Power Doppler of the previous lymph node shows vascularization of the hilum which contains small arterioles. Note there is no vascularization seen in the periphery of the node


Figure 8.7
Benign lymph node. This lymph node is slightly more rounded with a long-/short-axis ratio < 2 in the transverse view. However it has a central hilum, and vascularity is limited to the hilum. The long to short axis can be seen to be >2 in Fig. 8.8 in the sagittal view


Figure 8.8
Same lymph node in sagittal (longitudinal) view. Long/short axis is >2 and a broad central hilum is present

Several ultrasound findings, when present, are highly suspicious for malignancy in lymph nodes [12] (Table 8.1). Any lymph node calcification, particularly microcalcifications but also amorphous calcifications with posterior acoustic shadowing, raises a strong suspicion of malignancy (sensitivity 46%, specificity 100%) [9]. Cystic necrosis, often recognized because of uneven posterior acoustic enhancement, is another highly specific sign of malignancy (although this also may be seen in tuberculosis of lymph nodes) (Figs. 8.9, 8.10, 8.11, 8.12, 8.13, 8.14, 8.15, 8.16, 8.17, 8.18, 8.19, 8.20, and 8.21).

Table 8.1
Sensitivity and specificity of suspicious lymph node features


Sensitivity (%)

Specificity (%)

Short axis > 0.5 cm



Long axis > 1 cm



Long/short axis < 2



Hyperechogenic hilum absent






Hyperechogenic punctuations (calcifications)



Cystic appearance



Chaotic or peripheral vascularity



Data from Leboulleux et al. [10]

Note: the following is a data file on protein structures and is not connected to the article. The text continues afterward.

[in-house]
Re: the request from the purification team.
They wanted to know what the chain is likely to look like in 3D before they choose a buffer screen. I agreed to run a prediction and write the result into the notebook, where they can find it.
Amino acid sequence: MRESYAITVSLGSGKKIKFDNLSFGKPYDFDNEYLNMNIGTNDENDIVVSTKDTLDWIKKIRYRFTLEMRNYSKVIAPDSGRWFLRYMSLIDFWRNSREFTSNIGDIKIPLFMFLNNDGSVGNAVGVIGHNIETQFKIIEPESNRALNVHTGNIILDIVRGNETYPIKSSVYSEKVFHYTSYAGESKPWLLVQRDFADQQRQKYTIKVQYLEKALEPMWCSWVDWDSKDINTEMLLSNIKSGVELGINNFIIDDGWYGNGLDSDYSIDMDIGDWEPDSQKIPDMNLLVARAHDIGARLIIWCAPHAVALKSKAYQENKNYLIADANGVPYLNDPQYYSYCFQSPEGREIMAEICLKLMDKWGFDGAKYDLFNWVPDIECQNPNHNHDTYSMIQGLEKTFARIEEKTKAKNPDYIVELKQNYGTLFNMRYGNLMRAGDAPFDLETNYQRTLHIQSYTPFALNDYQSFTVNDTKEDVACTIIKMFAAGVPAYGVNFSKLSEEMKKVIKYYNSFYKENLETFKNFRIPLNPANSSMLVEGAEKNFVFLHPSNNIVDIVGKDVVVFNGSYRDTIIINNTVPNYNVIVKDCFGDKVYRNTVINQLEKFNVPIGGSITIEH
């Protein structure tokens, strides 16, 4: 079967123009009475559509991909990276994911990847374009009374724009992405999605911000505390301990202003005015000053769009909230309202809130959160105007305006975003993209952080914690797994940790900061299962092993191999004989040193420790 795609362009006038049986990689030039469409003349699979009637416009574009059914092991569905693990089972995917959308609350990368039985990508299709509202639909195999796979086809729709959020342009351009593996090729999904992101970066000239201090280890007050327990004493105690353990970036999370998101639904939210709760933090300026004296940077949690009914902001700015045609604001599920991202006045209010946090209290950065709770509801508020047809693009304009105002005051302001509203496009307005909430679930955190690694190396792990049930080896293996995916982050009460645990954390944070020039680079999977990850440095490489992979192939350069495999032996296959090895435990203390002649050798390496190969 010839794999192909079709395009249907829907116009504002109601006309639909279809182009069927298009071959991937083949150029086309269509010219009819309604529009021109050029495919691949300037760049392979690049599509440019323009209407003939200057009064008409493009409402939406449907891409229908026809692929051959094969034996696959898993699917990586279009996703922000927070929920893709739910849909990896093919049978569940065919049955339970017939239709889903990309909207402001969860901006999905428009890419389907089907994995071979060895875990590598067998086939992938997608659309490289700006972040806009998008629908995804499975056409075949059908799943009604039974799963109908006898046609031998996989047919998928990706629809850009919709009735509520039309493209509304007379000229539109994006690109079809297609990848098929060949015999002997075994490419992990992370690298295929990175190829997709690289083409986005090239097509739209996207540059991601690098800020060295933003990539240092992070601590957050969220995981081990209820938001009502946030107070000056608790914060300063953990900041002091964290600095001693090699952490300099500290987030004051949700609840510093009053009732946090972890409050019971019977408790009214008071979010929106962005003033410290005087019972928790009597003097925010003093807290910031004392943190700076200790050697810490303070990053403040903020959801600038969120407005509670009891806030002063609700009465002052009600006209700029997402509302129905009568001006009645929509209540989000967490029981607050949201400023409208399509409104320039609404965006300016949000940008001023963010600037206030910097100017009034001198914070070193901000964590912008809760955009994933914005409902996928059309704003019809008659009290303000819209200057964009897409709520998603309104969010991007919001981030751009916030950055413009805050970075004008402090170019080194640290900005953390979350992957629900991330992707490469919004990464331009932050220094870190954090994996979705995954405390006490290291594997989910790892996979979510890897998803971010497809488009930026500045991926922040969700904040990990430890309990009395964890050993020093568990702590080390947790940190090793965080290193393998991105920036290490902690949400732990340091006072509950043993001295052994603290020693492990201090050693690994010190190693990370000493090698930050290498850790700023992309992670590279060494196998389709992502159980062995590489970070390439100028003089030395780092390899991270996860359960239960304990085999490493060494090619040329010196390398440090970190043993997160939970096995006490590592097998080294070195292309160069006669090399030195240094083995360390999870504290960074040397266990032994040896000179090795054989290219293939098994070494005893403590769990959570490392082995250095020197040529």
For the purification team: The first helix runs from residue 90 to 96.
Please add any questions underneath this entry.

Figure 8.9
This markedly heterogeneous lymph node (calipers) contains scattered calcifications indicating metastatic papillary thyroid cancer


Figure 8.10
This 2.1 cm rounded lymph node in the right neck is >90% cystic; note the distal enhancement. Although occasionally seen in tuberculosis, cyst formation within a lymph node usually indicates metastatic papillary thyroid or oropharyngeal carcinoma


Figure 8.11
This atypical appearing lymph node is heterogeneous and demonstrates multiple areas of cystic necrosis. Cystic degeneration within a lymph node is often first suspected because of uneven distal acoustic enhancement (arrow)


Figure 8.12
This metastatic lymph node, less than 1 cm in size, contains cystic necrosis on the medial side which is hypoechoic (calipers) and shows enhancement. The other side (arrow) is solid and hyperechoic. US-guided FNA of the hypoechoic area yielded negative cytology but high levels of Tg in needle washout—a finding not unusual when cystic necrosis is present


Figure 8.13
This compartment IV lymph node, deep to the SCM, shows multiple features highly suggestive of malignancy including rounded morphology and microcalcifications


Figure 8.14